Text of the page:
They talked when he announced he was walking away from the cab of a truck after more than 20 years.
“He’ll be back in a truck in two weeks.”
“He’s a good guy, I love him, but he’s crazy as hell. A video business? Ha.”
“I hope his wife don’t kill him for it.”
Fast-forward a little more than a year later and ol’ Tex Crowley is definitely not dead (shout out to the beautiful and patient wife) or driving a truck again. He’s still crazy, but that’s why he’s survived the first year in a brand-new, self-started video business. Sheer determination, coupled with great work and a great sense of humor, have propelled Tex into a well-known name in the industry.
His uniquely personal style of video production was solidified with the “Life of a Trucker” series, produced while he was still trucking for a living.
When he made the decision to hang up the keys and pick up the camera full-time, he immersed himself in learning all he could about his new venture — he invested in good tools, and he kept at it until he was able to perfect more than the personal-interest video. His work has spilled over into the marketing, training and paid productions trucking companies want, and need.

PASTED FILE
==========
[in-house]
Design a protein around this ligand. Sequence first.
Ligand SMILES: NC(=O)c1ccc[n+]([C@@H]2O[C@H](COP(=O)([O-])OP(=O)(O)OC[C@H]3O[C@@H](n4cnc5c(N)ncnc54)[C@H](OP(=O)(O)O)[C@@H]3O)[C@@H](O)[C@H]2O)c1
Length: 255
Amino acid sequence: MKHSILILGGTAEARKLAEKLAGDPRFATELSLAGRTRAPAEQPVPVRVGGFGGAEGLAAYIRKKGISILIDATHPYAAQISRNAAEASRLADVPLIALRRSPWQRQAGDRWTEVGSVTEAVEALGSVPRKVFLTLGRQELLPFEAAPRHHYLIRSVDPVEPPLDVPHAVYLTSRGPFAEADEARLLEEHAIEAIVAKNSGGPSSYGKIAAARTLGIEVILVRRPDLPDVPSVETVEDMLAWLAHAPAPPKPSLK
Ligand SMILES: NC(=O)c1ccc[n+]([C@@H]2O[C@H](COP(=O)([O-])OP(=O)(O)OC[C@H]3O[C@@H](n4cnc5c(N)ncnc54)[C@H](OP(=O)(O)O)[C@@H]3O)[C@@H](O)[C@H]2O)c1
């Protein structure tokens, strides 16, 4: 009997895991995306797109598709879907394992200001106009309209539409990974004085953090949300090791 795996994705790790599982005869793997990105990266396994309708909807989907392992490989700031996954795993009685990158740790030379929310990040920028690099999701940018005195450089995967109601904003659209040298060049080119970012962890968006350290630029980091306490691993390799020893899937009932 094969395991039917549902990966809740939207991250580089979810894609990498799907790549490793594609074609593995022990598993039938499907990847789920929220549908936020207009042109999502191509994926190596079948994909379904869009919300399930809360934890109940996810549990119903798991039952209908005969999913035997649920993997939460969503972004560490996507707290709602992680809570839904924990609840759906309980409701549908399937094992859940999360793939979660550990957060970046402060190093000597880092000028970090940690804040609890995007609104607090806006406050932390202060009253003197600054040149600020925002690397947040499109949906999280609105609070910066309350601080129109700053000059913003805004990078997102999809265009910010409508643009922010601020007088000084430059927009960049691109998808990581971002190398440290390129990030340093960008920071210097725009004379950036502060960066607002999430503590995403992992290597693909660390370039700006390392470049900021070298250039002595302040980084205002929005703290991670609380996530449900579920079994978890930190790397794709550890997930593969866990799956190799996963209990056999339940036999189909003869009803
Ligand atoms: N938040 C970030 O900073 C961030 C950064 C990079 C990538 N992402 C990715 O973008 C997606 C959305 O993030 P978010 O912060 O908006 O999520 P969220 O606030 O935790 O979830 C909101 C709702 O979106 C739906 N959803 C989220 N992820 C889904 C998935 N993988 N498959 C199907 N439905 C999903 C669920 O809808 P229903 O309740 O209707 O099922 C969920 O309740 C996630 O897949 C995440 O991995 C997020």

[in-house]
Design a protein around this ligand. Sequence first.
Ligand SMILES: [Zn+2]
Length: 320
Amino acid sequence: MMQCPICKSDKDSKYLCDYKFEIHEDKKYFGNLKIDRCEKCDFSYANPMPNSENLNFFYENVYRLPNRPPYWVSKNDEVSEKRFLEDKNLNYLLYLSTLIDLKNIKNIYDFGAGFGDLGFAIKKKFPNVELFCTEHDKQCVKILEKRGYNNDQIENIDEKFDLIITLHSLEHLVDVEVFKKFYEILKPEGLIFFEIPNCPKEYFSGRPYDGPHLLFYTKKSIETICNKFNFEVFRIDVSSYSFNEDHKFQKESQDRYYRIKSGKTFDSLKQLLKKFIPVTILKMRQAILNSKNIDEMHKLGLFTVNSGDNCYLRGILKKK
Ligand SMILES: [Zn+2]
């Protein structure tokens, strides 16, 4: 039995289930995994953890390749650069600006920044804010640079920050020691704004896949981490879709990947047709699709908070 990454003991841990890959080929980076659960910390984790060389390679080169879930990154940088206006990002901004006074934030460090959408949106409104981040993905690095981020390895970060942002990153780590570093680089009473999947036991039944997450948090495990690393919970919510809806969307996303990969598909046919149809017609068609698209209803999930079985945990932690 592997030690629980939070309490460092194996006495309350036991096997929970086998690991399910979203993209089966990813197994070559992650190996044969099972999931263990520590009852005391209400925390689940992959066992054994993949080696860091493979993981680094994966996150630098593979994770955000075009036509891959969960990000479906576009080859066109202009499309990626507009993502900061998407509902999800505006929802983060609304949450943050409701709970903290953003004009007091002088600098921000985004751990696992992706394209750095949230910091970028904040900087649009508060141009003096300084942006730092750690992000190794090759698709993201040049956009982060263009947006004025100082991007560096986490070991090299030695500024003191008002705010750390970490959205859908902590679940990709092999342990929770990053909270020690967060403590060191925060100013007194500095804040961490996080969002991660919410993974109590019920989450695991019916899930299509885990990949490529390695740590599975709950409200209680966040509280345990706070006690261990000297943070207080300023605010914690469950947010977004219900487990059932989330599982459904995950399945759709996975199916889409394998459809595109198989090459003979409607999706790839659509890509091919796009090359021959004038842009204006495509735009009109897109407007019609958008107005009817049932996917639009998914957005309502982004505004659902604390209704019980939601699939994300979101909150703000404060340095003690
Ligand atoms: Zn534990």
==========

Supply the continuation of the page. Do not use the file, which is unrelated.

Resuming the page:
I don’t know about y’all, but we’re super-happy to watch our friends succeed. I was the one who said, “I hope his wife don’t kill him for it,” and I’m really glad she didn’t.
This past Sunday, Tex embarked on a cross-country, loop-dee-loop route from Joplin, Mo., on across to Georgia, where he’s attending the NACV show in Atlanta this week. He’s letting fortune guide the trip home, like a video pirate in search of treasure, and intends to roll home through the Southern end of the map. I’ve had a ball following the progress on the Texomatic Facebook page — you can too, if you’re so inclined.
Fair winds, friend. We’re proud of you, and thank you for promoting a positive image of the industry.
Affected tractors are equipped with an automated Eaton UltraShift Plus or Eaton Advantage Transmission with right hand stalk shifter. In the affected trucks, the display on the instrument panel can indicate “N” when the shifter is set into “D” or “R,” causing the truck not to move.